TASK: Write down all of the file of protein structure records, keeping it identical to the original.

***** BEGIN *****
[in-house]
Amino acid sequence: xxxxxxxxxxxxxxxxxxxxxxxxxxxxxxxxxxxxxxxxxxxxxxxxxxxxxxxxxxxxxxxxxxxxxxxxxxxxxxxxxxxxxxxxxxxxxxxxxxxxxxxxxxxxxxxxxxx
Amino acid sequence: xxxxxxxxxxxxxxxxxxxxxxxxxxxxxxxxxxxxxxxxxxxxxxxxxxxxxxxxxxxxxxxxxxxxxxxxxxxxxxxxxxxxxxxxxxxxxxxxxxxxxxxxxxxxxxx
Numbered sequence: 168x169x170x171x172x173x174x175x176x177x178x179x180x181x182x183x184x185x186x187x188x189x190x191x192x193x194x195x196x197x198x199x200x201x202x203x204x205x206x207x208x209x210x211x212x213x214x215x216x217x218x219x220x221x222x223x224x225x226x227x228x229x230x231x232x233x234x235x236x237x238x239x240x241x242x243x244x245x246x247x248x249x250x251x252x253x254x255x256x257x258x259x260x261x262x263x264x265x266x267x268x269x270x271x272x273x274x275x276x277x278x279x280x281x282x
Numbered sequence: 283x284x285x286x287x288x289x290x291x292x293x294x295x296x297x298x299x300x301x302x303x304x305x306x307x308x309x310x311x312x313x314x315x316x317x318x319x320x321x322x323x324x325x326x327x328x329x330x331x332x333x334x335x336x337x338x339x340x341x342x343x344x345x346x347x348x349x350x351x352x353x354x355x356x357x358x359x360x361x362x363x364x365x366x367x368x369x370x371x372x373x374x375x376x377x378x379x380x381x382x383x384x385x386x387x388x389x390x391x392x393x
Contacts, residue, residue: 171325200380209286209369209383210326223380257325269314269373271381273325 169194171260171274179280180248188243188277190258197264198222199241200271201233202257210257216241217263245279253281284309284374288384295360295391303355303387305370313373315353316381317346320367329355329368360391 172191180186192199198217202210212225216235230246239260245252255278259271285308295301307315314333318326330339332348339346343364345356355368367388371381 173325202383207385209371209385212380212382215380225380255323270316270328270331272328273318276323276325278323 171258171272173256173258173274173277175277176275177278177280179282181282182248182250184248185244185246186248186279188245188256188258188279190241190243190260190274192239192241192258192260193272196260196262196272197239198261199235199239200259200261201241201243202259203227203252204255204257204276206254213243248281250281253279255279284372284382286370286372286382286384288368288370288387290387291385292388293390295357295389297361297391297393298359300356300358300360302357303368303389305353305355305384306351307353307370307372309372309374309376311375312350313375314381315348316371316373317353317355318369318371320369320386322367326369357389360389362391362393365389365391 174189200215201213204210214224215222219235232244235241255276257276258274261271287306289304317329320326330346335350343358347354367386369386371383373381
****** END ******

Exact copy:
[in-house]
Amino acid sequence: xxxxxxxxxxxxxxxxxxxxxxxxxxxxxxxxxxxxxxxxxxxxxxxxxxxxxxxxxxxxxxxxxxxxxxxxxxxxxxxxxxxxxxxxxxxxxxxxxxxxxxxxxxxxxxxxxxx
Amino acid sequence: xxxxxxxxxxxxxxxxxxxxxxxxxxxxxxxxxxxxxxxxxxxxxxxxxxxxxxxxxxxxxxxxxxxxxxxxxxxxxxxxxxxxxxxxxxxxxxxxxxxxxxxxxxxxxxx
Numbered sequence: 168x169x170x171x172x173x174x175x176x177x178x179x180x181x182x183x184x185x186x187x188x189x190x191x192x193x194x195x196x197x198x199x200x201x202x203x204x205x206x207x208x209x210x211x212x213x214x215x216x217x218x219x220x221x222x223x224x225x226x227x228x229x230x231x232x233x234x235x236x237x238x239x240x241x242x243x244x245x246x247x248x249x250x251x252x253x254x255x256x257x258x259x260x261x262x263x264x265x266x267x268x269x270x271x272x273x274x275x276x277x278x279x280x281x282x
Numbered sequence: 283x284x285x286x287x288x289x290x291x292x293x294x295x296x297x298x299x300x301x302x303x304x305x306x307x308x309x310x311x312x313x314x315x316x317x318x319x320x321x322x323x324x325x326x327x328x329x330x331x332x333x334x335x336x337x338x339x340x341x342x343x344x345x346x347x348x349x350x351x352x353x354x355x356x357x358x359x360x361x362x363x364x365x366x367x368x369x370x371x372x373x374x375x376x377x378x379x380x381x382x383x384x385x386x387x388x389x390x391x392x393x
Contacts, residue, residue: 171325200380209286209369209383210326223380257325269314269373271381273325 169194171260171274179280180248188243188277190258197264198222199241200271201233202257210257216241217263245279253281284309284374288384295360295391303355303387305370313373315353316381317346320367329355329368360391 172191180186192199198217202210212225216235230246239260245252255278259271285308295301307315314333318326330339332348339346343364345356355368367388371381 173325202383207385209371209385212380212382215380225380255323270316270328270331272328273318276323276325278323 171258171272173256173258173274173277175277176275177278177280179282181282182248182250184248185244185246186248186279188245188256188258188279190241190243190260190274192239192241192258192260193272196260196262196272197239198261199235199239200259200261201241201243202259203227203252204255204257204276206254213243248281250281253279255279284372284382286370286372286382286384288368288370288387290387291385292388293390295357295389297361297391297393298359300356300358300360302357303368303389305353305355305384306351307353307370307372309372309374309376311375312350313375314381315348316371316373317353317355318369318371320369320386322367326369357389360389362391362393365389365391 174189200215201213204210214224215222219235232244235241255276257276258274261271287306289304317329320326330346335350343358347354367386369386371383373381